Why this matters to you as a security officer? Well, the insider threat have been reduced to the accidental incident of forgetting the Smartphone on Flytoget, a behavior that training and education can reduce – because this culture wants to learn, to grow, to succeed. This culture care about the group, and security becomes an integrated part of that culture. This groups social behavior allows it to build a better security through understanding why, by being motivated for success, and by caring for each other and the group!
So the question is: Which security officer do you want to be?
- The negative, destructive force that is Red?
- The indifferent, easily changeable Orange?
- Or the positive, secure Green?
Let´s choose the Green, and let us build great security culture!
Which brings us to the question – how do we define security culture? Using the Oxford definitions of Culture, and of Security, I have come up with this definition of security culture: The ideas, customs, and social behavior of a particular people or society, that helps them being free from danger or threat.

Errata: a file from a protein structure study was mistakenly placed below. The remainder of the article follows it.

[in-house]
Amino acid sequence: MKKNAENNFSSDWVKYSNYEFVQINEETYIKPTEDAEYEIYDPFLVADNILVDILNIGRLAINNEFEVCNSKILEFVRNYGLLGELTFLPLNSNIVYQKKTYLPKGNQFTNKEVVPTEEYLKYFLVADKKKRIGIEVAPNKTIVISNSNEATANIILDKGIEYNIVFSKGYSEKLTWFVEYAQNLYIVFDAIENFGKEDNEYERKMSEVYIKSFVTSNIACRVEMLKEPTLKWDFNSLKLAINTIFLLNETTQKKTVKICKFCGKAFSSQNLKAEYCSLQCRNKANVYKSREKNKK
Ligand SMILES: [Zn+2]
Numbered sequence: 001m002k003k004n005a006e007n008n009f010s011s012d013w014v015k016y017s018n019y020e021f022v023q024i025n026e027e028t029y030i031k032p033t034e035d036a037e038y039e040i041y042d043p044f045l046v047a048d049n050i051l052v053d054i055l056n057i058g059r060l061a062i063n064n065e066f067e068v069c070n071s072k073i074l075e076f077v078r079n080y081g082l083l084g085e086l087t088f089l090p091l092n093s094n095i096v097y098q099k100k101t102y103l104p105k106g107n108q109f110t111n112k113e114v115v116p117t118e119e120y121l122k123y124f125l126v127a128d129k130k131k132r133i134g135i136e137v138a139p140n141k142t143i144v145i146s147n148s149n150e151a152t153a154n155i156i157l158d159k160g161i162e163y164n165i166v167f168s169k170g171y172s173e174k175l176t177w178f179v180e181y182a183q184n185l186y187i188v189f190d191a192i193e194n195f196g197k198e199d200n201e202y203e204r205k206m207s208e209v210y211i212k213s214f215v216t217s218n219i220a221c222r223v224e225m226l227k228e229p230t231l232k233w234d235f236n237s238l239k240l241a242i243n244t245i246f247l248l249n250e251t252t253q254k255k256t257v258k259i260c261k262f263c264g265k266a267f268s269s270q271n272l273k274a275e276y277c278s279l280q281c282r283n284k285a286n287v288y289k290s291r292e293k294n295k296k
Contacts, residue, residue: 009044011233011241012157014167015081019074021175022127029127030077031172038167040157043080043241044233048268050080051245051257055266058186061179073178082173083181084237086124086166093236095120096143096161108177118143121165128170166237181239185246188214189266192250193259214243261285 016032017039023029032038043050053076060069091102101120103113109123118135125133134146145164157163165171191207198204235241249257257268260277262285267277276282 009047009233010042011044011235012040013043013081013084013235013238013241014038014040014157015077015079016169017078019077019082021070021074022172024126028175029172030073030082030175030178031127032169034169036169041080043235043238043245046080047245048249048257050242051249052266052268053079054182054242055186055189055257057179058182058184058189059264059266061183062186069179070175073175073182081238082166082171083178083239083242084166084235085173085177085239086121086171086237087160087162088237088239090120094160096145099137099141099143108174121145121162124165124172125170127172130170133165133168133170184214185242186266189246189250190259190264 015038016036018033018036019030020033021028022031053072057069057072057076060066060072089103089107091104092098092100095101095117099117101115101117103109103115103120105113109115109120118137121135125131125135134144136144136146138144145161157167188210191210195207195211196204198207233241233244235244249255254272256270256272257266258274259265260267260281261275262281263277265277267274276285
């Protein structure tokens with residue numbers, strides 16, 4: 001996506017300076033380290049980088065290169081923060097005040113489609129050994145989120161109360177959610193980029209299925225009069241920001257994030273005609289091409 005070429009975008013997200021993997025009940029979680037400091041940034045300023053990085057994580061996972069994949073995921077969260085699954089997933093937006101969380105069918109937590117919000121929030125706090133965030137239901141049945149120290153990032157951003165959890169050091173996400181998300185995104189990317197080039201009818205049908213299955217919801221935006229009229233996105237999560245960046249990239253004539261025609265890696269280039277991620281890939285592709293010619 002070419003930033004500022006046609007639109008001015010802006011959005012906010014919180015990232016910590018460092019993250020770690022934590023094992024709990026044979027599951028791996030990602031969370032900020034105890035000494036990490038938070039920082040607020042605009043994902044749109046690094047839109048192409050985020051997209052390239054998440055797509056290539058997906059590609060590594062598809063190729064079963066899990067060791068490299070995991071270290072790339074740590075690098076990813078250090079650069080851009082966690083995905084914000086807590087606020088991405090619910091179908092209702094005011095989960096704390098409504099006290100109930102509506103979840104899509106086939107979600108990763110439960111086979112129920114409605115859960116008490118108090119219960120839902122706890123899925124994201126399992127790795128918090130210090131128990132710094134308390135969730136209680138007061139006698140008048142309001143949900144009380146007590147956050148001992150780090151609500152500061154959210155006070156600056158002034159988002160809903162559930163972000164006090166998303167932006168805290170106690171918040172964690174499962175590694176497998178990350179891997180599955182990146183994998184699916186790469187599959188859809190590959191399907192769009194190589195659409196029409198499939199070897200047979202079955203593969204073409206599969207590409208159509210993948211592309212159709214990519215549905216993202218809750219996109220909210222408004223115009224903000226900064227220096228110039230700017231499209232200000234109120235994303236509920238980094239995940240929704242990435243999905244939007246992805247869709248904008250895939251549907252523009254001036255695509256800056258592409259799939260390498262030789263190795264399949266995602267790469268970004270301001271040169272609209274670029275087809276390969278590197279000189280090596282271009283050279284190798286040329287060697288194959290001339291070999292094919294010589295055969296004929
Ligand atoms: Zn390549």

This in turn makes the job of the security team into the job of creating an environment that helps the group to being free from danger or threat. And we can do that by working with the ideas, customs and social behaviors of our team, department and organization.
So we can make our goal, our purpose, to transform this…
The good news is that we have already seen how culture can be transformed, and that should lead to the realization that we can curate that transformation. So let us do just that!
Let us see how we can create a security culture program. It may sound like a daunting task, I know. Done correctly, using readily available tools and resources, it can be done!
One such tool is the Security Culture Framework. The Security Culture Framework consists of four building blocks:
- Metrics, where you define a baseline, set your goals, and define your metrics;
- Organization, where you organize your security culture workgroup, define target audiences and build organizational wide support;
- Topics, which are the activities your choose to implement in order to reach your defined goals; and the
- Planner where you plan your efforts, your revisions and your metrics.
Four areas that needs to be covered, each fulfilling individual tasks, while being connected to each of the others. You cannot have one without the others, and expect results – which is why most awareness trainings fails – they would sort under the Topics part, while being an important element, it is unable to create lasting change without the support of the other three building blocks required to transform culture.
With a framework like the Security Culture Framework, we can get to work:
If you want to walk a thousand miles, you start with one step.
When building security culture, we have found that these steps are a great first step.